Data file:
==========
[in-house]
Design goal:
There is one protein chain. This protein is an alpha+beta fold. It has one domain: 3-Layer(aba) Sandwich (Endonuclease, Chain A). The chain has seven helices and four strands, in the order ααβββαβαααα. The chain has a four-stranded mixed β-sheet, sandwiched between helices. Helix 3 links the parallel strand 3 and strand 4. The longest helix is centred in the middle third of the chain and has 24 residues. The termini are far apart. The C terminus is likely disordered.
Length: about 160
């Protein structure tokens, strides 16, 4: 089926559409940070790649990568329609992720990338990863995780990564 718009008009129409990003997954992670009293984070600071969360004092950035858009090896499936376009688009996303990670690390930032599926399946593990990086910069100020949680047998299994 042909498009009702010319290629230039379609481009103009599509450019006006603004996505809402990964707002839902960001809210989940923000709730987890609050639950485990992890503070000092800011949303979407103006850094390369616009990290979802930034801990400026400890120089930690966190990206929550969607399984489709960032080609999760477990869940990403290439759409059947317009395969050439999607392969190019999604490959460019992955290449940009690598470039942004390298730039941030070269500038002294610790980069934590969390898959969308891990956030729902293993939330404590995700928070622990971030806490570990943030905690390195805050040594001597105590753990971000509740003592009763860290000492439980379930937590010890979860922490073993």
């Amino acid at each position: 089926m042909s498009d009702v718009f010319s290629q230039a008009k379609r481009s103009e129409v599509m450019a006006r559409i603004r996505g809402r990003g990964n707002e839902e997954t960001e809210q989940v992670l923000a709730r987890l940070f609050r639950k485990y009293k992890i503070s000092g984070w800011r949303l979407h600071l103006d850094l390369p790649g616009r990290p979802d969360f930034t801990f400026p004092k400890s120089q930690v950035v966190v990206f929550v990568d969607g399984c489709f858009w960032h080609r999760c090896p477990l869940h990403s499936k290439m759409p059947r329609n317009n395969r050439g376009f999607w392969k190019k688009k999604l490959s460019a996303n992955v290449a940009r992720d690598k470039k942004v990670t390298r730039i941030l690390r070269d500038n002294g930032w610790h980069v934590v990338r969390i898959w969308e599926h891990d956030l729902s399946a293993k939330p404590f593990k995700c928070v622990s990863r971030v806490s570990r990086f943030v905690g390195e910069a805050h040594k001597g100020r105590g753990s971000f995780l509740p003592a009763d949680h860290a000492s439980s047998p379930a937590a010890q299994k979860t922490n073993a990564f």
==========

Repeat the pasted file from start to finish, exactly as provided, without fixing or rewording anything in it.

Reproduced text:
[in-house]
Design goal:
There is one protein chain. This protein is an alpha+beta fold. It has one domain: 3-Layer(aba) Sandwich (Endonuclease, Chain A). The chain has seven helices and four strands, in the order ααβββαβαααα. The chain has a four-stranded mixed β-sheet, sandwiched between helices. Helix 3 links the parallel strand 3 and strand 4. The longest helix is centred in the middle third of the chain and has 24 residues. The termini are far apart. The C terminus is likely disordered.
Length: about 160
């Protein structure tokens, strides 16, 4: 089926559409940070790649990568329609992720990338990863995780990564 718009008009129409990003997954992670009293984070600071969360004092950035858009090896499936376009688009996303990670690390930032599926399946593990990086910069100020949680047998299994 042909498009009702010319290629230039379609481009103009599509450019006006603004996505809402990964707002839902960001809210989940923000709730987890609050639950485990992890503070000092800011949303979407103006850094390369616009990290979802930034801990400026400890120089930690966190990206929550969607399984489709960032080609999760477990869940990403290439759409059947317009395969050439999607392969190019999604490959460019992955290449940009690598470039942004390298730039941030070269500038002294610790980069934590969390898959969308891990956030729902293993939330404590995700928070622990971030806490570990943030905690390195805050040594001597105590753990971000509740003592009763860290000492439980379930937590010890979860922490073993």
């Amino acid at each position: 089926m042909s498009d009702v718009f010319s290629q230039a008009k379609r481009s103009e129409v599509m450019a006006r559409i603004r996505g809402r990003g990964n707002e839902e997954t960001e809210q989940v992670l923000a709730r987890l940070f609050r639950k485990y009293k992890i503070s000092g984070w800011r949303l979407h600071l103006d850094l390369p790649g616009r990290p979802d969360f930034t801990f400026p004092k400890s120089q930690v950035v966190v990206f929550v990568d969607g399984c489709f858009w960032h080609r999760c090896p477990l869940h990403s499936k290439m759409p059947r329609n317009n395969r050439g376009f999607w392969k190019k688009k999604l490959s460019a996303n992955v290449a940009r992720d690598k470039k942004v990670t390298r730039i941030l690390r070269d500038n002294g930032w610790h980069v934590v990338r969390i898959w969308e599926h891990d956030l729902s399946a293993k939330p404590f593990k995700c928070v622990s990863r971030v806490s570990r990086f943030v905690g390195e910069a805050h040594k001597g100020r105590g753990s971000f995780l509740p003592a009763d949680h860290a000492s439980s047998p379930a937590a010890q299994k979860t922490n073993a990564f």